My father sent me this striking article from Wired describing the strange unexplained connection among flocking starlings (called “murmurations”) that appear to be much more akin to physics than to biology:
Starling flocks, it turns out, are best described with equations of “critical transitions” — systems that are poised to tip, to be almost instantly and completely transformed, like metals becoming magnetized or liquid turning to gas. Each starling in a flock is connected to every other. When a flock turns in unison, it’s a phase transition.
This strikes me as an excellent metaphor for what organizations are seeking to achieve in their extended systems today. They want all their systems to act in unison, in much the same way that a murmuration of starlings behaves. They want to extend their senses through connected sensors and devices, and achieve immediate, coordinated response when an important business stimulus is recognized. And they want this response to be as automated as possible, using the best available information to formulate the best response.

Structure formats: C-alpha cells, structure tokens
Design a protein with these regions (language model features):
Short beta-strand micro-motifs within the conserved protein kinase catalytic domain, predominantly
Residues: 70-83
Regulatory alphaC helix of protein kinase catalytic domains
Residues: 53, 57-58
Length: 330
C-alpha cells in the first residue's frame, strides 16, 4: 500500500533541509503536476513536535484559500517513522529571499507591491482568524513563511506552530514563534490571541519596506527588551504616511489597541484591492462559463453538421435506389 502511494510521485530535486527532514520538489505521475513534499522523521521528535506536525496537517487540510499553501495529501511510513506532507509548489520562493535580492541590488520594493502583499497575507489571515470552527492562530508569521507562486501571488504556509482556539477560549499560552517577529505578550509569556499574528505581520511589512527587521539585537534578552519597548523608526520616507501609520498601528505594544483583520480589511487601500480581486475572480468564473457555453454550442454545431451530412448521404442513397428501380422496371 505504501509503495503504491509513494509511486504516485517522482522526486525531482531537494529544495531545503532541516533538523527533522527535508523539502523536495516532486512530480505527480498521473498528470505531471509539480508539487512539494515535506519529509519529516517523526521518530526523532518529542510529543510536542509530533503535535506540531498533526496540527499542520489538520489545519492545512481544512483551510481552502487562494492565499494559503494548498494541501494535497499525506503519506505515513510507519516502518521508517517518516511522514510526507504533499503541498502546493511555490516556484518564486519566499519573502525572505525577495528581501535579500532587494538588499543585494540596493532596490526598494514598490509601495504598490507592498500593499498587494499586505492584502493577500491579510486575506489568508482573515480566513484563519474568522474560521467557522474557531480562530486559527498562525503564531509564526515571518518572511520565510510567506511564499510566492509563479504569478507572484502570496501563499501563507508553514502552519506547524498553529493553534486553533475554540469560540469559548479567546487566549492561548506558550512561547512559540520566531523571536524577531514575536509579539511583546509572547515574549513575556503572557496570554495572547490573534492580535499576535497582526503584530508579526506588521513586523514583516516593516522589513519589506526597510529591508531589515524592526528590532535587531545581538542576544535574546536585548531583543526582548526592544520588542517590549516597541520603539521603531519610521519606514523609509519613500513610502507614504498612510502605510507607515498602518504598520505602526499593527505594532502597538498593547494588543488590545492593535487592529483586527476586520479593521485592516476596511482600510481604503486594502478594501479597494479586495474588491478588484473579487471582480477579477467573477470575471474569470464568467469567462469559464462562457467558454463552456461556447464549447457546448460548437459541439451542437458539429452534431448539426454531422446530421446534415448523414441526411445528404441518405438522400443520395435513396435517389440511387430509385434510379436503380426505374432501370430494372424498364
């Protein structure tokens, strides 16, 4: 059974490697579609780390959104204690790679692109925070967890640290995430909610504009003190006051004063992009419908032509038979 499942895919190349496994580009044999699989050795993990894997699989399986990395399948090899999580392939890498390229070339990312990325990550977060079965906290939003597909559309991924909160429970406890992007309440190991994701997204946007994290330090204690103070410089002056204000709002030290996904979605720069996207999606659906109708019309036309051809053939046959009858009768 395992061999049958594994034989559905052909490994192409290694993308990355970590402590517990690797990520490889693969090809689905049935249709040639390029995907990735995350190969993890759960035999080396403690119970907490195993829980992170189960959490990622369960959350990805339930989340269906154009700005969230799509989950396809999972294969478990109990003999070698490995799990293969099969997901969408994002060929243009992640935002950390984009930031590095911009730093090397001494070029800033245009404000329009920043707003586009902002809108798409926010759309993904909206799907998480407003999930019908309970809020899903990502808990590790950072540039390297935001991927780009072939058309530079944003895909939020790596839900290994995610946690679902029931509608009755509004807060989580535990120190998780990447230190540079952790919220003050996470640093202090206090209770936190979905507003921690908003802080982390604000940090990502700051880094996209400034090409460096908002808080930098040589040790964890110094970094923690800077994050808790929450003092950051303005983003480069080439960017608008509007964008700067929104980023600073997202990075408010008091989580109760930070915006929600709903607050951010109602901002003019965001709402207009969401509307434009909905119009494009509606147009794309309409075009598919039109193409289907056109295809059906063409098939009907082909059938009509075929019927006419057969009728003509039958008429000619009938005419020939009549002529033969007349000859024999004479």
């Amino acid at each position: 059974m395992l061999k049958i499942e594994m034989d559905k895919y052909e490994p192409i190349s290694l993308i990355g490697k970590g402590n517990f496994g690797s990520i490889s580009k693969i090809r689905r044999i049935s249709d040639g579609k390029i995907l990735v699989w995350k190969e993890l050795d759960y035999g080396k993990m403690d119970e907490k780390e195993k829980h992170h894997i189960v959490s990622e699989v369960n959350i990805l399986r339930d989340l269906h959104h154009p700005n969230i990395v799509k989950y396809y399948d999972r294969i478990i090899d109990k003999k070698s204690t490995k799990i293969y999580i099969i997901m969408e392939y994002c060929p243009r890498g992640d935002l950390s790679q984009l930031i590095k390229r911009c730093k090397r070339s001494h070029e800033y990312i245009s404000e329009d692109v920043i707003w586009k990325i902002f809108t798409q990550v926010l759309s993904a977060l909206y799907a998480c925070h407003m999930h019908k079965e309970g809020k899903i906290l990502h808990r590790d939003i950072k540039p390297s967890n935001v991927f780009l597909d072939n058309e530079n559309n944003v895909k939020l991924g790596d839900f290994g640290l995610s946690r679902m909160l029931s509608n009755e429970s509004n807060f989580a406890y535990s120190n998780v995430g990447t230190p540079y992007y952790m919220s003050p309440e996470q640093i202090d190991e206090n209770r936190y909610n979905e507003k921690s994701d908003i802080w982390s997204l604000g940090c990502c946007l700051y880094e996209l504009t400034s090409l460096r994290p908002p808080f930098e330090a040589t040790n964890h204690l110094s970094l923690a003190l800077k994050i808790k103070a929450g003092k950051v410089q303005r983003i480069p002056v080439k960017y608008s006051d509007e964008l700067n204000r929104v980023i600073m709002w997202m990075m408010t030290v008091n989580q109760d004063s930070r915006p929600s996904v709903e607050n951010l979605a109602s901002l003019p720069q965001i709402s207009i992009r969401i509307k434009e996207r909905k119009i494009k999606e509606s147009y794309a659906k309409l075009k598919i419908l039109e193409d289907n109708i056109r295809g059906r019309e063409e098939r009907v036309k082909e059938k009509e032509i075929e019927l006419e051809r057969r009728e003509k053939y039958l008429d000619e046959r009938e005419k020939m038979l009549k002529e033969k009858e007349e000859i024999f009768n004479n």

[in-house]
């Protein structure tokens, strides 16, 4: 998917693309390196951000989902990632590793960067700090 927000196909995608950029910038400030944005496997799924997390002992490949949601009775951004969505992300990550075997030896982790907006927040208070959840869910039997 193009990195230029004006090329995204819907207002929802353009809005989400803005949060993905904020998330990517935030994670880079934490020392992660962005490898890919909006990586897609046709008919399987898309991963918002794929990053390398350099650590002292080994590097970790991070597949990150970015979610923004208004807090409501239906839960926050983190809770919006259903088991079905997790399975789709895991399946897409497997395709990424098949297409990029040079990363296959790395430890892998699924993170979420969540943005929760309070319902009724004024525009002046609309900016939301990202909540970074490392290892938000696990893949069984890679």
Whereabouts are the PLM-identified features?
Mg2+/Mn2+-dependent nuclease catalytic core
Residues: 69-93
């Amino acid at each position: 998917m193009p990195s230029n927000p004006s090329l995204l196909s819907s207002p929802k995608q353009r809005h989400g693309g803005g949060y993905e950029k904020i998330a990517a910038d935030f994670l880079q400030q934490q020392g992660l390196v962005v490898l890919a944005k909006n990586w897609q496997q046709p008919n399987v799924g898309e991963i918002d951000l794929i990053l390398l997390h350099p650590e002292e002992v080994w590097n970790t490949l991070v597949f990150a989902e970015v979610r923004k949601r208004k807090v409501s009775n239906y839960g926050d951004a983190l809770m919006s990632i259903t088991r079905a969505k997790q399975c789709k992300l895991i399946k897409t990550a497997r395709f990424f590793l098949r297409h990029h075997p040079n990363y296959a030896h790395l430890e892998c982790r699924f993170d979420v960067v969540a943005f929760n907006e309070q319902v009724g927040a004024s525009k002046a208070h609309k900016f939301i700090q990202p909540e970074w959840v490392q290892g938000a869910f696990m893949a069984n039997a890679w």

The only way to achieve this is through integration, using the kind of next generation integration fabric that combines business events, business rules, business process management, ESB-style integration, and device connectivity. I’m seeing more and more examples of this level of integration across industries, and the business impact can be phenomenal. I think that 10 years from now, this type of murmuration of systems will be commonplace.